Mmusi Maimane. File Image: IOL

Cape Town - The federal executive of the DA has thrown its weight behind party leader Mmusi Maimane following speculation about his future after his party shed 2% of the national vote.

This as the ANC, after a special meeting of the national executive committee (NEC) last night, announced seven of it’s eight premiers-elect in the eight provinces that they run. The North West premier-elect will be announced “in due course”.

Speaking after the DA federal executive meeting yesterday, the party said it took responsibility for the outcomes of elections whether good or bad.

“That burden does not sit on the shoulders of an individual,” federal chairperson Athol Trollip said at a press conference.

Trollip said Maimane remained their our leader until a federal congress scheduled for 2021 decided otherwise.

“Any talk of a change of a leadership change before a federal congress must be dispelled,” he said.

“As the leadership of the party, at both a national and provincial level, we are unambiguous in our support for Mr Maimane who has led the DA with exemption since the 2015 Nelson Mandela Bay Federal Congress, and his unopposed election in 2018,” Trollip said.

He also said they were faced with internal challenges and significant changes in the political landscape, including the rise of nationalism on both the left and the right.

“In short, both internally and externally there were matters we had to grapple with. We will be the first to state that these factors had a role to play in our electoral fortunes,” Trollip said.

“As the DA we are holding the moderate non-racial centre ground; an important position in the rise of populism.”

The party lost some votes to Good and Freedom Front Plus as well official opposition in KwaZulu-Natal among others. Its majority was reduced in the Western Cape, down to 55.45%.

“Where the losses occurred, we will work on regaining the trust of the people as we head into the 2021 Local Government Elections. This starts with two by-elections taking place in Nelson Mandela Bay as early as Wednesday; this will be the start of winning back the Bay.”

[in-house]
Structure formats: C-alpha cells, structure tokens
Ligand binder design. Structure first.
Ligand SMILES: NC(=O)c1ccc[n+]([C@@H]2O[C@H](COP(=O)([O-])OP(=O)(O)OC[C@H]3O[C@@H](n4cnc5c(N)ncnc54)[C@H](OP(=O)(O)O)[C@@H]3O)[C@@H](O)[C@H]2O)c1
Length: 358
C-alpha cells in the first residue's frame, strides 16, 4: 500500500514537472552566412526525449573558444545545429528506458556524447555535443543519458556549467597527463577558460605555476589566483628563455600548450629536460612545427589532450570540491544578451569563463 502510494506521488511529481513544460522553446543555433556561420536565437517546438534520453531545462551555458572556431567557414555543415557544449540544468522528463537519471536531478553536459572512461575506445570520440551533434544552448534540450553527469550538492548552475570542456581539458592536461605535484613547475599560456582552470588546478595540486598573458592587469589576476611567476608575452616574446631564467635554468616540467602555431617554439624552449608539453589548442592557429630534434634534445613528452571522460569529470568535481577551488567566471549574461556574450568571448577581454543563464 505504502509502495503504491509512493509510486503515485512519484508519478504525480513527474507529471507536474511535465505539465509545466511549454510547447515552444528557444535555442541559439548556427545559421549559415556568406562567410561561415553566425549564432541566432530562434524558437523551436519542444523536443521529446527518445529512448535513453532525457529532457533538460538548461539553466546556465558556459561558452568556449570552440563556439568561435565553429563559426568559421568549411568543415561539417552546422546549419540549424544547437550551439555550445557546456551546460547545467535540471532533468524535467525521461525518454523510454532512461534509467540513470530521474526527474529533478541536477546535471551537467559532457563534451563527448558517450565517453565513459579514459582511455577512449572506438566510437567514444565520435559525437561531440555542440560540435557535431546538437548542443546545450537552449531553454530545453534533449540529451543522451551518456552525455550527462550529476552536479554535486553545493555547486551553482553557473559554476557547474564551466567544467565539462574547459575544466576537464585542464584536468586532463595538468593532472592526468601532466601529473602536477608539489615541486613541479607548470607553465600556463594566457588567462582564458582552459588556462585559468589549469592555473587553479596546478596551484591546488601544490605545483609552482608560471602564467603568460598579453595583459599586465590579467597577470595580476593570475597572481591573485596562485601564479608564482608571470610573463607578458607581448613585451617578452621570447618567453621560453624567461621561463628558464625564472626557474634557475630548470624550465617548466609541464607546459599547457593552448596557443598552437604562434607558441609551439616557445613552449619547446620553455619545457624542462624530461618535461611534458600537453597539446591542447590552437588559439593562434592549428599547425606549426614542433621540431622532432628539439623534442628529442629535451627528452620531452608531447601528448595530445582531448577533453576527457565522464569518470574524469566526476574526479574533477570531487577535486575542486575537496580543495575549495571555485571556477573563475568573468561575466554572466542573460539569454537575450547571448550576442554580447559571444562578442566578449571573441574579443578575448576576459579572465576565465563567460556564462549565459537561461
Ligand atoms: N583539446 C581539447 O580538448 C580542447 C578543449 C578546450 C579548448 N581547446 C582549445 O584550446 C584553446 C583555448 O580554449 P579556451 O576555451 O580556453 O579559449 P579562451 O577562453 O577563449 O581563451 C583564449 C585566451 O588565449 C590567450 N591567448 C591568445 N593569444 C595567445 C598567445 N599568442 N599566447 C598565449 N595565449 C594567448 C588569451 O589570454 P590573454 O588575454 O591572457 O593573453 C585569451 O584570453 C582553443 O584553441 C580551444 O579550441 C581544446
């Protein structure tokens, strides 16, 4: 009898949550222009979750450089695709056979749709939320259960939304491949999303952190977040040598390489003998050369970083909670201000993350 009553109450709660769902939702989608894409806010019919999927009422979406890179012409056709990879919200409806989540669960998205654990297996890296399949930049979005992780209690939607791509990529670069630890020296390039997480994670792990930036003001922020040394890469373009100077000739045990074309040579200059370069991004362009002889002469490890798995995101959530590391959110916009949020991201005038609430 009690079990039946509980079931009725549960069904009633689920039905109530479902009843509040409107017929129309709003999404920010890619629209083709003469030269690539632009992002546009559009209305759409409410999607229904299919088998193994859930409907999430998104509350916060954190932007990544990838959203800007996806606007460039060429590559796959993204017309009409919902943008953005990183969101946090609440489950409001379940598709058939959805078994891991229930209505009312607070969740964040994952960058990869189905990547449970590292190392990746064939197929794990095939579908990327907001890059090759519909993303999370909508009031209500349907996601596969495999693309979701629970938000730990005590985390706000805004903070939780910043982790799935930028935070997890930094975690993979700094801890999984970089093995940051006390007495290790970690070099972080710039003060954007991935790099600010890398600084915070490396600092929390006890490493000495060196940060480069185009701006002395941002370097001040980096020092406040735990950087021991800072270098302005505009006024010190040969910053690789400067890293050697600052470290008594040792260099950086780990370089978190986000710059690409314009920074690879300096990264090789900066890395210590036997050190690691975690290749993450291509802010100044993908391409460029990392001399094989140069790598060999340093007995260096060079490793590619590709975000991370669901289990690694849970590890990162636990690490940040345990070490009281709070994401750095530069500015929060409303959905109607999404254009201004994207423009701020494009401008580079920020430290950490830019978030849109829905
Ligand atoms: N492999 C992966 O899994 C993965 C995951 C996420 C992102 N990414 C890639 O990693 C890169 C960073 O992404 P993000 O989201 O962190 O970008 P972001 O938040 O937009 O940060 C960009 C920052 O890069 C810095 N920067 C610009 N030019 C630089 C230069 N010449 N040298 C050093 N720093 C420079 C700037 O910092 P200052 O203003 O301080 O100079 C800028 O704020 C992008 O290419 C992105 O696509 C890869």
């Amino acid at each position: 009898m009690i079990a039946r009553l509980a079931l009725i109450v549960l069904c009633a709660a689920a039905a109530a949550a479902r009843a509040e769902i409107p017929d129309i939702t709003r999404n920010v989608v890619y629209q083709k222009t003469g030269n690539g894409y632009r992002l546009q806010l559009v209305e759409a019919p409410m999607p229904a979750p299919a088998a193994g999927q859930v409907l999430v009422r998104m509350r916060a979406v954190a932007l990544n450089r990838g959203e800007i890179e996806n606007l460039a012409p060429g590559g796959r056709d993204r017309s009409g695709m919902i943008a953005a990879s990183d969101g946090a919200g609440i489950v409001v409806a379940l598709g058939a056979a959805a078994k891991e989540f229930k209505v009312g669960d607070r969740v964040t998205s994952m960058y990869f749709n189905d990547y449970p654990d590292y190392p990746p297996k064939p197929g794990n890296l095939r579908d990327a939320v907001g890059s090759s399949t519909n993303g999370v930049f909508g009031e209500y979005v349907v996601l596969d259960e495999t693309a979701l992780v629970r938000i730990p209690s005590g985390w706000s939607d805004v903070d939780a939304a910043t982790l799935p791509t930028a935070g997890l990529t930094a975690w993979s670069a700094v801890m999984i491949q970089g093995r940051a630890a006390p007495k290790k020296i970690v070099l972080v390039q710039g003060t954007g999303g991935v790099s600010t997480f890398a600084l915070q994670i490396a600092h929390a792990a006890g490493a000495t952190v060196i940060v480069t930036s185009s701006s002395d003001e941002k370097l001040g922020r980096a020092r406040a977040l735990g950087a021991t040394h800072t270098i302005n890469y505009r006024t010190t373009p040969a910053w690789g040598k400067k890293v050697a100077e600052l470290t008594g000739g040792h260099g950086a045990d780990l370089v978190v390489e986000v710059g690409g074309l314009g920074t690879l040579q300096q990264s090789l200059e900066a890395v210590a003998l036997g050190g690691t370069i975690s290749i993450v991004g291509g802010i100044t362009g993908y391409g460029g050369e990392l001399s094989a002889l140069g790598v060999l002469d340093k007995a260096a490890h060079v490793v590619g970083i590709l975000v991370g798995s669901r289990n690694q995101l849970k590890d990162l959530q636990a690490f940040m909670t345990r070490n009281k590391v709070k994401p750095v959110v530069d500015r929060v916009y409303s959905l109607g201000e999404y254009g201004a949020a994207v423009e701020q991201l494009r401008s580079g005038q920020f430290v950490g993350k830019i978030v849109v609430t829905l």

He also announced that there would be a review of the organisational structure and how they can best operate as a party that occupies governments that serve around 15-million people, and the way they campaigned.

The review was something that happens from time to time, he explained.

The party last held a review in 2005 while under the leadership of Tony Leon, Trollip said.

While not willing to talk about their challenges, he said they would start a listening campaign in provinces and regions. Speaking on the organisational review, Fedex chairperson James Selfe said they have a way to select candidates and evaluate public representatives.

“We want to see whether those systems are appropriate to serve for a different constituency we had in 2004,” Selfe said.

Meanwhile, the ANC’s premiers-elect in seven of its eight provinces are Sihle Zikalala in KwaZulu-Natal, David Makhura in Gauteng, Oscar Mabuyane in the Eastern Cape, Zamani Saul in Northern Cape, Sisi Ntombela in Free State, Stan Mathabatha in Limpopo and Refilwe Mtsweni in Mpumalanga.

“The province gives us three names as per resolution of conference and we decide on one,” ANC secretary general Ace Magashule said. ‘‘In circumstances there are issues and challenges, we are still the relevant body to decide.”